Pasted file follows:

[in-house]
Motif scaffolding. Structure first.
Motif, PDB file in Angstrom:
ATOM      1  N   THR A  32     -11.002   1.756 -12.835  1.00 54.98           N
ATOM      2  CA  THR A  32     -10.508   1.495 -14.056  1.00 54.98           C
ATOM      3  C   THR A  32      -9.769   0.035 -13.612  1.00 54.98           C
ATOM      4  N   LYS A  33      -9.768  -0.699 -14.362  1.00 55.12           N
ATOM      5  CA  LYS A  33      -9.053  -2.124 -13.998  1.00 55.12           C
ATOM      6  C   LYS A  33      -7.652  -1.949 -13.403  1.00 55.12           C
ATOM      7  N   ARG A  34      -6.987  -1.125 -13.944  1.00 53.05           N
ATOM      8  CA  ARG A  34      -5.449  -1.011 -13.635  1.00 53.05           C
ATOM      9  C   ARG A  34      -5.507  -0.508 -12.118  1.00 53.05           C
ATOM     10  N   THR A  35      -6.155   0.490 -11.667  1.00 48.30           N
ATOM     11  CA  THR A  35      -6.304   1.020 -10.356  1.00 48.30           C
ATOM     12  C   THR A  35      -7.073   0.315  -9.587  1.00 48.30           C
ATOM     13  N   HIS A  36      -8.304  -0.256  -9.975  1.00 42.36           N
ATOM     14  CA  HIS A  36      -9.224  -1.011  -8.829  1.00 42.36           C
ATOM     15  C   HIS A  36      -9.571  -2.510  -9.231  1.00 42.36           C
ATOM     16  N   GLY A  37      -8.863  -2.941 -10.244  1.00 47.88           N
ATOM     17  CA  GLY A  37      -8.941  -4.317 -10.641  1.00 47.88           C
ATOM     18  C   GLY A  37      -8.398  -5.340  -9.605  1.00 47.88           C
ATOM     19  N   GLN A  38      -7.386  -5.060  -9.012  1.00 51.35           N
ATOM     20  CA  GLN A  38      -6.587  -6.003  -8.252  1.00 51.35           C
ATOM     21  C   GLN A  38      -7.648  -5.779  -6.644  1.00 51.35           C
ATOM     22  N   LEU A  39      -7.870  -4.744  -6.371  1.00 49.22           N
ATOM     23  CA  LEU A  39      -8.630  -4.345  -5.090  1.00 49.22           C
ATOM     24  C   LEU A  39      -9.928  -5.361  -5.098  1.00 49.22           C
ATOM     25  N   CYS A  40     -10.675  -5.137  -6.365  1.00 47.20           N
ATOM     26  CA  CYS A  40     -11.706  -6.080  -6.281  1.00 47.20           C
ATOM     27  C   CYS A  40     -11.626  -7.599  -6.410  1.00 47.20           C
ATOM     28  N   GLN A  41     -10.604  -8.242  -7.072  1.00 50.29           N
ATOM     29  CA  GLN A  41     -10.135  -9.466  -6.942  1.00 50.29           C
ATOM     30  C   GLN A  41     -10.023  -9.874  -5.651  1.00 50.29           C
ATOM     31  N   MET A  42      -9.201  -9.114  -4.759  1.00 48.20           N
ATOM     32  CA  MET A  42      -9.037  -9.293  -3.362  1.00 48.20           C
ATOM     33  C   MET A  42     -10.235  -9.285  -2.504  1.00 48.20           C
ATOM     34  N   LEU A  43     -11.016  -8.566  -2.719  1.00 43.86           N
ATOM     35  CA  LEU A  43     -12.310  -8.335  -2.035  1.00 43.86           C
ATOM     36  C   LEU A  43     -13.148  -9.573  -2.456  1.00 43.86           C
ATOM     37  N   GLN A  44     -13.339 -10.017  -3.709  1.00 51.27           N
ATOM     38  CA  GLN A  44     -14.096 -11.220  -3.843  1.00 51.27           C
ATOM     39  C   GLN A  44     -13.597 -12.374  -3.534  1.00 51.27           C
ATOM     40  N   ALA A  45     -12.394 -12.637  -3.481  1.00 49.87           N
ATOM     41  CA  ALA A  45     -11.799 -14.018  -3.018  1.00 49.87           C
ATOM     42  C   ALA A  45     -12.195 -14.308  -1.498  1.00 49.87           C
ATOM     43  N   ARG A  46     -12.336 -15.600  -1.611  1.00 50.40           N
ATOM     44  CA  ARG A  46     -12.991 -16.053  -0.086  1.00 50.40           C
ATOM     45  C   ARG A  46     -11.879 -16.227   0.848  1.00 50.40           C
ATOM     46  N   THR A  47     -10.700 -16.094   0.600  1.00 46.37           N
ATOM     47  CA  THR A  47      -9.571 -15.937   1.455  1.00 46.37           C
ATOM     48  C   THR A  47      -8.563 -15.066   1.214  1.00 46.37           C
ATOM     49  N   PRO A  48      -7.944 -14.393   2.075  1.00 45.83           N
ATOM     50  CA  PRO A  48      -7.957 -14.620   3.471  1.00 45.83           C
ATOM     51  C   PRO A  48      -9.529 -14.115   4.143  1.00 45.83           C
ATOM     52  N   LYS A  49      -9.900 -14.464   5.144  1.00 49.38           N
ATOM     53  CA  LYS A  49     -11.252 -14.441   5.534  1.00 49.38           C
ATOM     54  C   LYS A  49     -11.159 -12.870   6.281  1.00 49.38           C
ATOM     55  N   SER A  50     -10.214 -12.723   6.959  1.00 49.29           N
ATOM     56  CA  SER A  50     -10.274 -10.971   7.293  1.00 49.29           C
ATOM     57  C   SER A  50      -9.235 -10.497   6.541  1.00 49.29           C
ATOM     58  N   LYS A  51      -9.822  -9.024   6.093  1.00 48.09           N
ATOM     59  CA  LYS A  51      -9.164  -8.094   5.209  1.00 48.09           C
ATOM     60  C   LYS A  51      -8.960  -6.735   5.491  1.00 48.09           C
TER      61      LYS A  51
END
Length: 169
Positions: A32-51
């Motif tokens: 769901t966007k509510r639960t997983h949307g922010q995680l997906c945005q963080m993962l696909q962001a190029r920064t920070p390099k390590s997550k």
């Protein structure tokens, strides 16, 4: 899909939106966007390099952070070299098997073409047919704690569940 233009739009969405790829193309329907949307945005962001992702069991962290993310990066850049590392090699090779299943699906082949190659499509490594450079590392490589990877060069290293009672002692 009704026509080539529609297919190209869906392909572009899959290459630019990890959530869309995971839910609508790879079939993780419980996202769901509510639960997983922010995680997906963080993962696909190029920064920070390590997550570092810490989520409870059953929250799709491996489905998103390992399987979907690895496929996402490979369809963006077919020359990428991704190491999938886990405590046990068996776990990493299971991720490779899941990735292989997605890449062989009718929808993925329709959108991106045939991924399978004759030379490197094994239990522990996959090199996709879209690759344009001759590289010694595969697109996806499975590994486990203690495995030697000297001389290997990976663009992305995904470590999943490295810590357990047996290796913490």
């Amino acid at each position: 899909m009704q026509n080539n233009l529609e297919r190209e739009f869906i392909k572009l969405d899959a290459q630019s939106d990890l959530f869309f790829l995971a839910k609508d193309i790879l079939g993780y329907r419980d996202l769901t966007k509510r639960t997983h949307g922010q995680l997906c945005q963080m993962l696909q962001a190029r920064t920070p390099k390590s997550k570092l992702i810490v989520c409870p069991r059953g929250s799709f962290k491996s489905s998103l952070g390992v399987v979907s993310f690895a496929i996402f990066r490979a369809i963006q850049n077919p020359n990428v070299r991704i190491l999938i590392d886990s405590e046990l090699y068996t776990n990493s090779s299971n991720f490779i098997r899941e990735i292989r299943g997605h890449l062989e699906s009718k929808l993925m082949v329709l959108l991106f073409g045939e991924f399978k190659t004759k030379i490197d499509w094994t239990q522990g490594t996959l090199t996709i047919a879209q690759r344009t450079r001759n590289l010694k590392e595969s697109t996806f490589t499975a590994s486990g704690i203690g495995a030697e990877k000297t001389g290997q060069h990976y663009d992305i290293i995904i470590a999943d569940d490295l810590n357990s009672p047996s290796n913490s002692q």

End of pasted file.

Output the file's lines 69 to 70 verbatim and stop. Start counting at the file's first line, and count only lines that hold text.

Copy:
């Protein structure tokens, strides 16, 4: 899909939106966007390099952070070299098997073409047919704690569940 233009739009969405790829193309329907949307945005962001992702069991962290993310990066850049590392090699090779299943699906082949190659499509490594450079590392490589990877060069290293009672002692 009704026509080539529609297919190209869906392909572009899959290459630019990890959530869309995971839910609508790879079939993780419980996202769901509510639960997983922010995680997906963080993962696909190029920064920070390590997550570092810490989520409870059953929250799709491996489905998103390992399987979907690895496929996402490979369809963006077919020359990428991704190491999938886990405590046990068996776990990493299971991720490779899941990735292989997605890449062989009718929808993925329709959108991106045939991924399978004759030379490197094994239990522990996959090199996709879209690759344009001759590289010694595969697109996806499975590994486990203690495995030697000297001389290997990976663009992305995904470590999943490295810590357990047996290796913490």
């Amino acid at each position: 899909m009704q026509n080539n233009l529609e297919r190209e739009f869906i392909k572009l969405d899959a290459q630019s939106d990890l959530f869309f790829l995971a839910k609508d193309i790879l079939g993780y329907r419980d996202l769901t966007k509510r639960t997983h949307g922010q995680l997906c945005q963080m993962l696909q962001a190029r920064t920070p390099k390590s997550k570092l992702i810490v989520c409870p069991r059953g929250s799709f962290k491996s489905s998103l952070g390992v399987v979907s993310f690895a496929i996402f990066r490979a369809i963006q850049n077919p020359n990428v070299r991704i190491l999938i590392d886990s405590e046990l090699y068996t776990n990493s090779s299971n991720f490779i098997r899941e990735i292989r299943g997605h890449l062989e699906s009718k929808l993925m082949v329709l959108l991106f073409g045939e991924f399978k190659t004759k030379i490197d499509w094994t239990q522990g490594t996959l090199t996709i047919a879209q690759r344009t450079r001759n590289l010694k590392e595969s697109t996806f490589t499975a590994s486990g704690i203690g495995a030697e990877k000297t001389g290997q060069h990976y663009d992305i290293i995904i470590a999943d569940d490295l810590n357990s009672p047996s290796n913490s002692q």